June 19, 1978 – February 11, 2013

Jared was only 34 years old when his life was cut short by a severe asthma attack. He was deeply loved by his family and friends who all remember his warm smile which lit up the room and his loyalty to them. A very important and meaningful legacy will be
Tamil Nadu, India. Jared’s story is as follows:

Jared is the only son of Paul and Cheryl Miller from Cleveland, Ohio. From a very early age he loved books and reading, creating and playing imaginative games, putting on puppet shows and writing poems and stories. He was passionate about his writing and gave careful thought to each word he put on a page whether it was in letters to friends or reports for school. Jared loved watching and playing sports and cheering on Cleveland’s basketball, baseball and football teams. Racquetball and kayaking were his special favorites. His favorite animal was the orangutan and many happy times were spent at the Cleveland Zoo visiting them. Summers were spent working as a camp counselor – he had a lot of fun working with children of all ages. He was an excellent musician and began playing the recorder at age 6. Jared played drums all through school and taught himself conga drums and the ukelele. Jared played congas with numerous bands in the Cleveland area and recorded CD’s.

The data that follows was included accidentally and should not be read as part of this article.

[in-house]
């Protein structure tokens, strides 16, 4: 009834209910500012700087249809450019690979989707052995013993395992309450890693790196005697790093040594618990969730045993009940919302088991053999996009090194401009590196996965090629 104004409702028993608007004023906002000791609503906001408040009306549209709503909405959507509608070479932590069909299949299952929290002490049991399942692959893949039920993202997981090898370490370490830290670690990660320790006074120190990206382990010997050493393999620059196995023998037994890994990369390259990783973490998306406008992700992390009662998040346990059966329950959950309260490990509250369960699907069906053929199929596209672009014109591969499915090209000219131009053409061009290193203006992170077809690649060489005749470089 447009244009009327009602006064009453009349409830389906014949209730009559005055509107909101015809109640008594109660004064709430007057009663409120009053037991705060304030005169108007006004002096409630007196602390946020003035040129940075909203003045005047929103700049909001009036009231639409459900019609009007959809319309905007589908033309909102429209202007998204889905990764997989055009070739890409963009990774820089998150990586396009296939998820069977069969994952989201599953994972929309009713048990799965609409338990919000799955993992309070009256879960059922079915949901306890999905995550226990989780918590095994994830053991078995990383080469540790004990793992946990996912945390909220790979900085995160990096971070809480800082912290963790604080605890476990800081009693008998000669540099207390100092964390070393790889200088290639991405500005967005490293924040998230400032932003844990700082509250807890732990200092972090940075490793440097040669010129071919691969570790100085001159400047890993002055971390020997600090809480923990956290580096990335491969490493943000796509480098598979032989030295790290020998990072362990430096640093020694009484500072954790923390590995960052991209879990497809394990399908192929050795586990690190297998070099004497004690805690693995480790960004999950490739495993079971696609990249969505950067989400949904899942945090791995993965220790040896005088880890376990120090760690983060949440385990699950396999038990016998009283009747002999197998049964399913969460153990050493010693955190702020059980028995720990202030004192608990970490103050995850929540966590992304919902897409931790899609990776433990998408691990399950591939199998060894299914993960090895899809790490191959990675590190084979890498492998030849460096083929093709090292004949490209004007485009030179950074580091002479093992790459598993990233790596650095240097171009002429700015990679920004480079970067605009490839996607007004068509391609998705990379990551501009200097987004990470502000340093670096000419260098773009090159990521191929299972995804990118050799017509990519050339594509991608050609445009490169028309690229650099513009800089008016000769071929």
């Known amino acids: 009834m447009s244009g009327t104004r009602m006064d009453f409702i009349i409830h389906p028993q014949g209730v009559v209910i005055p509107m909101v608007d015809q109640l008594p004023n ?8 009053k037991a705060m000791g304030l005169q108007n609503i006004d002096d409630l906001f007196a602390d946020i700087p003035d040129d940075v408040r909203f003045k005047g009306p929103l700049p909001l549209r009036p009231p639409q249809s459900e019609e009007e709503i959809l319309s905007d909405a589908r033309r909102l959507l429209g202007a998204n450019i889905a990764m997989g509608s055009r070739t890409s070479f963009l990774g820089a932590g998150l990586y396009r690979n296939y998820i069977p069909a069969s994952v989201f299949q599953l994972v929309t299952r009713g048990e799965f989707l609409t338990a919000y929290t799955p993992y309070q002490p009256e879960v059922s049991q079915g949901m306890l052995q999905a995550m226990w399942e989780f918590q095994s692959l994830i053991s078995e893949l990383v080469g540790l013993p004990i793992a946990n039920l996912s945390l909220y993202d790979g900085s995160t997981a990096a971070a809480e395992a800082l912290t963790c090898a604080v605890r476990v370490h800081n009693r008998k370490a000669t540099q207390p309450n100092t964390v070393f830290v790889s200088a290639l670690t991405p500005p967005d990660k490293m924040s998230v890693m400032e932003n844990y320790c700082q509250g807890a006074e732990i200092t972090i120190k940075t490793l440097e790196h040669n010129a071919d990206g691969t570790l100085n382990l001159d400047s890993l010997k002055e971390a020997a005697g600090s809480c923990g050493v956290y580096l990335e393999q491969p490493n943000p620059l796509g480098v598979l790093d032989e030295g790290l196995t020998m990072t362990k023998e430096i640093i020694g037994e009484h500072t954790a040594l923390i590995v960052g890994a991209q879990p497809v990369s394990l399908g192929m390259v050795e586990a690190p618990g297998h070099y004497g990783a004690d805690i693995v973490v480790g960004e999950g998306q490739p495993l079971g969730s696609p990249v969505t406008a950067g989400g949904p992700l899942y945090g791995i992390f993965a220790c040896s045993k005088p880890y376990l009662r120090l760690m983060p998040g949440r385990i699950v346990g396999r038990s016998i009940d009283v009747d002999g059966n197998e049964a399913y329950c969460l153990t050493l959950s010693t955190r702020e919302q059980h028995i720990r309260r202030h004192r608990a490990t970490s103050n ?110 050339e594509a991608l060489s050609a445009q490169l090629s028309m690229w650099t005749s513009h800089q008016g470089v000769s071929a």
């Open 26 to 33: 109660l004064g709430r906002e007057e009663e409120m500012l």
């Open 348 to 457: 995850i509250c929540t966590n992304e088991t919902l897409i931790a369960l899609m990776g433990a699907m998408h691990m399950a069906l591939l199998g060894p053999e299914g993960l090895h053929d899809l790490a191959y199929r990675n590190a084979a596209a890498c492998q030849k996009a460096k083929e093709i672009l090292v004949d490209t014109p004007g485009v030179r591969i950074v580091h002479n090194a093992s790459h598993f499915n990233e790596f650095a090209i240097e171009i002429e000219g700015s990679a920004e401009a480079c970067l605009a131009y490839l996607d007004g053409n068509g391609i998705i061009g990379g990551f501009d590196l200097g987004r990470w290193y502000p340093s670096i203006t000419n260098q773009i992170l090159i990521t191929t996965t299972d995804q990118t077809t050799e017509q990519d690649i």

Jared’s love of learning never stopped. He graduated high school from University School where he took accelerated classes in English and Writing. He made a movie about the inner city through a special grant project and was awarded the Alumni Book Prize in Government and Public Affairs. Jared attended Miami University in Ohio, transferring to Columbia College Chicago, in Illinois, where he graduated with honors in 2001 with degrees in Journalism and English. Jared was an adventurer – he traveled extensively to Israel, Vancouver and throughout the United States before returning to Cleveland where he worked as a substitute teacher. He then spent one semester at the University of Anchorage Graduate School in Anchorage, Alaska studying Rhetoric. He immersed himself in the study of the culture of the Alaskan Eskimos. The following year Jared enrolled in Cleveland State University where he received a certificate in Latin American Studies. Jared then earned a second undergraduate degree in Anthropology. He received the Anthropology High Academic Achievement Award and graduated Summa Cum Laude.